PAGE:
It’s a rainy day here in ol’ Richmond. A perfect day to gather the ones you love around a warm fire, crack open a book and lose yourself in a world built in your mind…
Pssh, yeah, who builds fires these days anyway? Remote control fireplaces are in, baby.
Anyway, back to the rain. Whenever it rains, it always reminds me of a time in my life. Specifically, my third year of college. In this year I was a shy person. Dare I say it, downright antisocial. Of course I had friends and usually had a decent time when I was around them. Meeting new people, however, was not my strong point. I was cordial, but was always looking for the quickest way out of a conversation with someone new.
This resistance to be social reared its ugly head several times, especially in my encounters with the fairer sex.
How does the rain remind me of my inability to engage in dialogues with women, you ask? Well take a seat ladies and gentlemen, boys and girls, so I can regale you with fascinating, and ultimately hilarious, parable.
It was a rainy night, and I was closing up the student center on campus, as is the responsibility of the student who mans the counter in the main lobby. I exited the side door to find the pace of the rain had increased, now hitting against the pavement in a faster tempo. Were I a dancer, I would have done a little jig to the rhythm.
Resigned to the fate of walking the quarter-mile back to my place of residence, I began the trek along the wet pavement. A car pulled up next to me before I had made too much headway into my journey. The passenger-side window descended, and I was face to face with a girl.
Not just any girl, though. This was a girl whom I had (as the kids say these days) “crushing” on for the past couple of months. I barely knew her, only managing a weak “hello” every now and again whenever our paths crossed. She was always kind, though, and would return the greeting with a smile. Throughout these greetings, though, my confidence had been building, the self-esteem rising. Finally here she was, right in front of me. Our dialogue was right out of a Tarantino movie. Well, not really.
She smiled and noticing that rain was pelting me, asked “Do you need a ride?”
Now kids, understand that it was a perfectly reasonable question. It was raining, and her car was decidedly un-creepy. If I was any other guy, I would have jumped at the chance to get out of the rain and be dry for that remaining 1,000 feet.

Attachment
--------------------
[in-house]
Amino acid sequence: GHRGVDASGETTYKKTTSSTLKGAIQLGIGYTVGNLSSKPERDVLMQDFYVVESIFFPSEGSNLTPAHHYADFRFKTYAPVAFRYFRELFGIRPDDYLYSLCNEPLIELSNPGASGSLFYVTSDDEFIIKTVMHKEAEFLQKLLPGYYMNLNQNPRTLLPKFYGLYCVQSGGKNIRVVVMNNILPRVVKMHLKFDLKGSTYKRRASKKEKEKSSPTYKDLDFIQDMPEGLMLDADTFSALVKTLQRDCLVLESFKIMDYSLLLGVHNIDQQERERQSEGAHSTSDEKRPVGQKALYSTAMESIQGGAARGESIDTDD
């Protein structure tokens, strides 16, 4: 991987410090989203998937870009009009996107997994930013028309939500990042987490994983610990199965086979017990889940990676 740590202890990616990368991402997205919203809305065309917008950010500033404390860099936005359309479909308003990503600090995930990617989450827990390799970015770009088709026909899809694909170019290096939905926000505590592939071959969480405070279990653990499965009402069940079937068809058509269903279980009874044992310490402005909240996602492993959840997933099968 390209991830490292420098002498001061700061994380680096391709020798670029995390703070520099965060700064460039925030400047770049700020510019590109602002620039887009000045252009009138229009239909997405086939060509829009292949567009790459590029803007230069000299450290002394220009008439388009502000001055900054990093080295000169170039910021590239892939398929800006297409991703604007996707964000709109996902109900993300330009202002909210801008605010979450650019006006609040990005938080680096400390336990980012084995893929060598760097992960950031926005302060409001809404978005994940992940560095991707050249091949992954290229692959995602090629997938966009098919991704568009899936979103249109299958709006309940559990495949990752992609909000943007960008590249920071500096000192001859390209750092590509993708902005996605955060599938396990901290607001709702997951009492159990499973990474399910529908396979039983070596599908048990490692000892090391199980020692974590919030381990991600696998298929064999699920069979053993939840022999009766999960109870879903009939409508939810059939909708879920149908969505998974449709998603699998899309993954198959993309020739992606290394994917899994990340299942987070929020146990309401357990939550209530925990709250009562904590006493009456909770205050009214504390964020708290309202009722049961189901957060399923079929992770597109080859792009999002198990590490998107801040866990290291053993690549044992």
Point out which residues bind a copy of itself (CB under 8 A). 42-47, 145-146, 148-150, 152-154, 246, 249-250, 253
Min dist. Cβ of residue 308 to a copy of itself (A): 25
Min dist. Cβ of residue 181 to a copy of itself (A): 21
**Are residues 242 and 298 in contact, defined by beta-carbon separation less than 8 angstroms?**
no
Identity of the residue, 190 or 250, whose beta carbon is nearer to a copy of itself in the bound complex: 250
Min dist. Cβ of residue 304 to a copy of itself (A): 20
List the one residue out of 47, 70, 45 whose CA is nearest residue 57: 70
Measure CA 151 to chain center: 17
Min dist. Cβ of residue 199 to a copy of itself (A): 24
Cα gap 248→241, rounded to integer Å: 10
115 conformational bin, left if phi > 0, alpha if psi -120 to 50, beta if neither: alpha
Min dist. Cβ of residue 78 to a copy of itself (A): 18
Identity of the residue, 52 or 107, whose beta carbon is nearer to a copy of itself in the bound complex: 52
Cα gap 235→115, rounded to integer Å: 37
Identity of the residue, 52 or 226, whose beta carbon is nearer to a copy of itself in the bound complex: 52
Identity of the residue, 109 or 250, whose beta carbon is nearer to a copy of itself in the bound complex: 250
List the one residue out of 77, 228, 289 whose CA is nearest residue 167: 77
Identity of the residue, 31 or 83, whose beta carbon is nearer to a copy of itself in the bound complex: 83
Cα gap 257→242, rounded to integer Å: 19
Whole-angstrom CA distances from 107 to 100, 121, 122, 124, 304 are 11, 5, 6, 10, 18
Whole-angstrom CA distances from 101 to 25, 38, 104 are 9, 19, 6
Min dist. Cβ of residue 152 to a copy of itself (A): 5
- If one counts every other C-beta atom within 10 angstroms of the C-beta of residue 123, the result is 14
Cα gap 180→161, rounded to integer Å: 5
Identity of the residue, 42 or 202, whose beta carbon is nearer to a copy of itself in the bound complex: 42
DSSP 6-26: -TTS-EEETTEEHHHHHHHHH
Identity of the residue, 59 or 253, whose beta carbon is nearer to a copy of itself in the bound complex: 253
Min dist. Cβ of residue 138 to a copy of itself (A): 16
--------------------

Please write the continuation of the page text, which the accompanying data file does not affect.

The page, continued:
I, however, am me.
“No, thanks…I like the rain.”
What in the world did I just say?
She paused, and with a shrug, said “Okay.” and rolled the passenger window back up, driving away.
I resumed my trek home, confused with myself. Why did I do that? It was a car ride! She was being nice! And now, I was stuck walking along a semi-dirt road, getting nicely soaked.
After that encounter, I barely saw this mystery girl again. By that, I mean I did my best to avoid her. I don’t think I could bear to walk by her, with her thinking, “Oh, there’s that guy who apparently has a fetish for water falling from the sky.”
A couple of years later, I realized that, while potentially emotionally damaging at that time, this event taught me something. It taught me that I needed to be more open. Granted, it didn’t mean I walked rain-slicked roads, waiting for someone to offer me a ride. But it did mean that I let myself be open to more opportunities in my life. And this openness has resulted in me having experiences (both good and bad) that I can pass along to the future generations of people, who will undoubtedly look to me as a kind of awkward messiah.
In closing: Mystery girl, if by some reason you find yourself reading this, thank you. Thank you for offering me the ride, and thank you for the lesson you taught me, albeit vicariously.
And no, I do not have a fetish for water falling on me from the sky.